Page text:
Gate
  1. Add a gate: Live's Gate is similar to the Compressor: you'll find a meter with a threshold and timing controls. The reduction amount (1) determines how much the gate cuts a signal that falls below the threshold (or above, in flip mode). The indicator (2) should be green when a signal is passing through the gate.

  2. Set up a noise gate: To use the gate as a noise gatereducing or eliminating sound during pauses in the musicset the threshold (Thresh) just above the signal level of the noise, as shown in the image at bottom left. Leave the gate to its other defaults, because the Factory Settings preset in Live work well for a basic noise gate.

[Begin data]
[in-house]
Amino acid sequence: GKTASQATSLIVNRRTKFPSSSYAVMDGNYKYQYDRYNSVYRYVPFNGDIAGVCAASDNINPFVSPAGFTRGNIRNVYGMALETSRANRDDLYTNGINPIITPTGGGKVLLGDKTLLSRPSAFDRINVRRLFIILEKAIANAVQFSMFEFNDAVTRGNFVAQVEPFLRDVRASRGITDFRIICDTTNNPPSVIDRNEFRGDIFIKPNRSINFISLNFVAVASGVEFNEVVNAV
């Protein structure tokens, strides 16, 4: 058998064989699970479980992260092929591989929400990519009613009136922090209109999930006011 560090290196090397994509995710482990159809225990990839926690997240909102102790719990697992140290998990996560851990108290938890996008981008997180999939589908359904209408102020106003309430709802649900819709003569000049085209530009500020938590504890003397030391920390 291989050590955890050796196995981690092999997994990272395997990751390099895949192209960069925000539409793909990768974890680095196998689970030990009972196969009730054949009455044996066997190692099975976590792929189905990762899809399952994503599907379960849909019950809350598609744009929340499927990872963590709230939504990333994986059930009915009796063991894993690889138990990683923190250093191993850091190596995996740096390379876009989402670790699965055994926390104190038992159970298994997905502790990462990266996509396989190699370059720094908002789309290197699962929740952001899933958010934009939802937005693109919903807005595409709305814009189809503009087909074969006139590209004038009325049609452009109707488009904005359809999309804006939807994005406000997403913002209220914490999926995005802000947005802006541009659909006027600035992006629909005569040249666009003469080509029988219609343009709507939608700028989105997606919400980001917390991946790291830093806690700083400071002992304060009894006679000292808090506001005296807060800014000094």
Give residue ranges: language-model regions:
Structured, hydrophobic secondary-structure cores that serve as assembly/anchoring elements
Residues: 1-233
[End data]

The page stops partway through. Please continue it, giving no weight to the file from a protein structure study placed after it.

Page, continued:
3. Gate drums: To bring out the attacks of a drum part, set the threshold higher (far right) and increase the cut to "-inf." Keep the attack short (0.2 ms) so you maintain the sharp leading edge of the drum sound, but adjust the hold and release times to about 10 ms or more each.

In other software: Most DAWs have some kind of dynamics processor if not a separate compressor and gate. Be sure to watch input level and output meters to check the level in whatever program you use.



Real World Digital Audio
Real World Digital Audio
ISBN: 0321304608
EAN: 2147483647
Year: 2006
Pages: 96
Authors: Peter Kirn